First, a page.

KNAB does not comply with GRECO recommendations to organize open selection processes for finding appropriate candidates for management posts, thereby creating a bad example for other state institutions, the report mentions.
The fact that Strelchenok hopes to form a team that would be loyal to him is shown by considerable debt of those selected by him and his permission for them to combine posts. Roze, for example worked as a driving instructor in parallel to her job in KNAB. Ieva Otomere, head of the Legal Affairs Department, also held weight-loss lessons. Her department has experienced the biggest turnover of workers in recent years. In 2015, Otomere declared debt worth EUR 182,649. Strelchenok declared debt worth EUR 109,007 in 2015.
In his everyday work, Strelchenok had abused his power and had breached KNAB Law in its then approved redaction, specifically the requirement to form an assessment committee in 2013. Instead he evaluated each employee personally. In October 2013, heads of five KNAB departments sent a letter to the Prime Minister, prosecutor general and Saeima Corruption Prevention sub-committee, detailing Strelchenok’s personnel policy.
KNAB employees complained in the letter about the lack of direct communication between the chief and employees, because the chief of KNAB mainly communicates with his assistants without engaging in staff management policy. Jurass as the head of the Operative Investigations Department had to book an individual meeting to resolve organizational matters: ‘And then I was declined multiple times, because there is only one hour a month is secured for that and that other employees had applied for it before me. They told me to come next month’.
Internal pressure in the bureau was only increased with disciplinary cases. 22 disciplinary cases had been initiated by April 2016. Such a number of disciplinary cases insecurity and create a sense of insecurity and fear of the possibility of disciplinary cases being launched against them. This pressure can seriously impact work efficiency. Dismissal and loss of employees continues threatening the bureau’s institutional memory and competence in the fight against corruption. This was also mentioned in OECD’s report.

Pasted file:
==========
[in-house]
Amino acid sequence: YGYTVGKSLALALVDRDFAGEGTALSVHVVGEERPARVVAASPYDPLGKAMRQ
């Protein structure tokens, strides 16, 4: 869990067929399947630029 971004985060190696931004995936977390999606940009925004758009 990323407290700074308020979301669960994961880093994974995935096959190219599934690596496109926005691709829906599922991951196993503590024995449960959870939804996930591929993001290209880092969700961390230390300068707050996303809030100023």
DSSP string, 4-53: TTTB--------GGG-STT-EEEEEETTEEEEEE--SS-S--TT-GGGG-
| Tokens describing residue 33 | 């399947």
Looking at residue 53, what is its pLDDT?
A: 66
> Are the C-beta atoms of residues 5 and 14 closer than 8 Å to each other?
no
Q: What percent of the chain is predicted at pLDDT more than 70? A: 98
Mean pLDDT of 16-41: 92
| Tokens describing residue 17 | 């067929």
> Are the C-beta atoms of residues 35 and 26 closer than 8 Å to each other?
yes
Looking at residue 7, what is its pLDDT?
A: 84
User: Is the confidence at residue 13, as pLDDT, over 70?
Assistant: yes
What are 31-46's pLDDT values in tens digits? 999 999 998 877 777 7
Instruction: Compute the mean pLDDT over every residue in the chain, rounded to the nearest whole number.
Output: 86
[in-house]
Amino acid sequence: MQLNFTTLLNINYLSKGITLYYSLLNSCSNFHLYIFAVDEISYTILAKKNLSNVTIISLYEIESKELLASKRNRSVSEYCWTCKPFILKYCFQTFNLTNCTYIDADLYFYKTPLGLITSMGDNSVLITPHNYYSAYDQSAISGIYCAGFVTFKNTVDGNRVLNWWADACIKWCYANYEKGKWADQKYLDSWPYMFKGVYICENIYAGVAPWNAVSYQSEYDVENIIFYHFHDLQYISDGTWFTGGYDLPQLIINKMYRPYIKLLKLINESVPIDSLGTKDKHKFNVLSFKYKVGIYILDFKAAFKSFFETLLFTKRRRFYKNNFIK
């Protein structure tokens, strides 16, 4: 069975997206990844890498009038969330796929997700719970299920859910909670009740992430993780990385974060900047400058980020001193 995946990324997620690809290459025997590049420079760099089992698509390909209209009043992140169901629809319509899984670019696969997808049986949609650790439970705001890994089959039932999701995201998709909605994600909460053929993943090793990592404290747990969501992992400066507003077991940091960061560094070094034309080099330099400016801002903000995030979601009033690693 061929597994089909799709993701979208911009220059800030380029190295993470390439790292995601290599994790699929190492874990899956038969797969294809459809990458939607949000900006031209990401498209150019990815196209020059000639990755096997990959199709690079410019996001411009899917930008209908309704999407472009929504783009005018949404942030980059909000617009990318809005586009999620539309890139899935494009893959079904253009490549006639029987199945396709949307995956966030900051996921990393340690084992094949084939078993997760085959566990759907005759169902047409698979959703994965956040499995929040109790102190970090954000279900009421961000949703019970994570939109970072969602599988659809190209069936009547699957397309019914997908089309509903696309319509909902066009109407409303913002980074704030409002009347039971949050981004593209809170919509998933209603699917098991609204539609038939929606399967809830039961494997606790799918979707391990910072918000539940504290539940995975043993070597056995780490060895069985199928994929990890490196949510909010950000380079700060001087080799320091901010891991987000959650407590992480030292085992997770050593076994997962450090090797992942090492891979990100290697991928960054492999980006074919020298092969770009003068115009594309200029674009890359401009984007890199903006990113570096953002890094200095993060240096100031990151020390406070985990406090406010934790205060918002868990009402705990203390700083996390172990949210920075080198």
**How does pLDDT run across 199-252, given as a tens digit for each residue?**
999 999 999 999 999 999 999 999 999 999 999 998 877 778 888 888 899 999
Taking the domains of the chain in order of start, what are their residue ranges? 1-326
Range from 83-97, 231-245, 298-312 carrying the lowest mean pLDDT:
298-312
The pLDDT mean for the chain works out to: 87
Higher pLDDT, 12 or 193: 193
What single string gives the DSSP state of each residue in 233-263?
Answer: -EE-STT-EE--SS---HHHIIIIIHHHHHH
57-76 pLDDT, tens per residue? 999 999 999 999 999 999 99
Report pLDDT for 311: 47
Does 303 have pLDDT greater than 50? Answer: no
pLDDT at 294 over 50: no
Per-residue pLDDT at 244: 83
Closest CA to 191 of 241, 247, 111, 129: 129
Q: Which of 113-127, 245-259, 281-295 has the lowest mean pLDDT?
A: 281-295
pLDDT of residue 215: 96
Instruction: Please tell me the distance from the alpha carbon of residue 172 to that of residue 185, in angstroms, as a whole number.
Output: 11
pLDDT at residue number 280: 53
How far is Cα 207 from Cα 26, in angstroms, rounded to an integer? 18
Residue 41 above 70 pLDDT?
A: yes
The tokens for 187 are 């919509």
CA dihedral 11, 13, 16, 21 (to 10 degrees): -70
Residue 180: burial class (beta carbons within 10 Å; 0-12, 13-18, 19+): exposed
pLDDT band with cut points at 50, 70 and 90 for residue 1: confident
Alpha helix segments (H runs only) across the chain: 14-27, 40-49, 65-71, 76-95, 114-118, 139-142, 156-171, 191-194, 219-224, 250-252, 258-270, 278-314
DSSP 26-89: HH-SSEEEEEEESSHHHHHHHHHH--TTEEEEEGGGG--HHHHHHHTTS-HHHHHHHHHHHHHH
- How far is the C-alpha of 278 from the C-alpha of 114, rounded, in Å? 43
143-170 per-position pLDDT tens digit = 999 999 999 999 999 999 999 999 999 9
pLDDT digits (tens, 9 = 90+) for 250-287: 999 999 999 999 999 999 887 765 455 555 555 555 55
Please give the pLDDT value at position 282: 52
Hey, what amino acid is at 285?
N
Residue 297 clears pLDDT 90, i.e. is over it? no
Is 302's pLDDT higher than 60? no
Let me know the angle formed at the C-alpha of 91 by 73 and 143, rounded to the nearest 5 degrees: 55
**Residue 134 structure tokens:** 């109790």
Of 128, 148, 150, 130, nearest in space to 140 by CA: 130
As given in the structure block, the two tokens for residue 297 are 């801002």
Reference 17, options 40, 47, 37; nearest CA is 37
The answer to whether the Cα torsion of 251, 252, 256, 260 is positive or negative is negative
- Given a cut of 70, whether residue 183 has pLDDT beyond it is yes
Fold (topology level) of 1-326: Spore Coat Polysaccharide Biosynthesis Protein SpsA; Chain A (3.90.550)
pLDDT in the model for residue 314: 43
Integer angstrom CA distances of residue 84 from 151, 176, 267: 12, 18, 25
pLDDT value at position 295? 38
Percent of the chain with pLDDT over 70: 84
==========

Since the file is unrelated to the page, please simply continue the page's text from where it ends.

Results of studies carried out by Latvijas fakti in 2012, 2014 and 2015 show that social trust in KNAB declined during Strelchenok’s reign. Results of a study carried out by SKDS in 2015 show that trust in KNAB is lower than trust in State Police, the prosecutor’s office and courts.
According to information from KNAB, the bureau has had a total of 15 court processes against its own employees throughout 2011-2016. It seems the court is the only remaining option for KNAB employees to defend their rights. KNAB lost the majority of those court processes.
In response to Strelchenok’s destructive management style and incompetence, KNAB employees have complained to the prime minister, the prosecutor general, the Saeima and the media. Three work groups have been formed to assess regulations that govern KNAB’s work. Two separate committees assessed Strelchenok’s work. Both committees gave Strelchenok a C (on an A-E scale). Neither Valdis Dombrovskis nor Laimdota Straujuma decided to assess Strelchenok’s ability to remain in his post.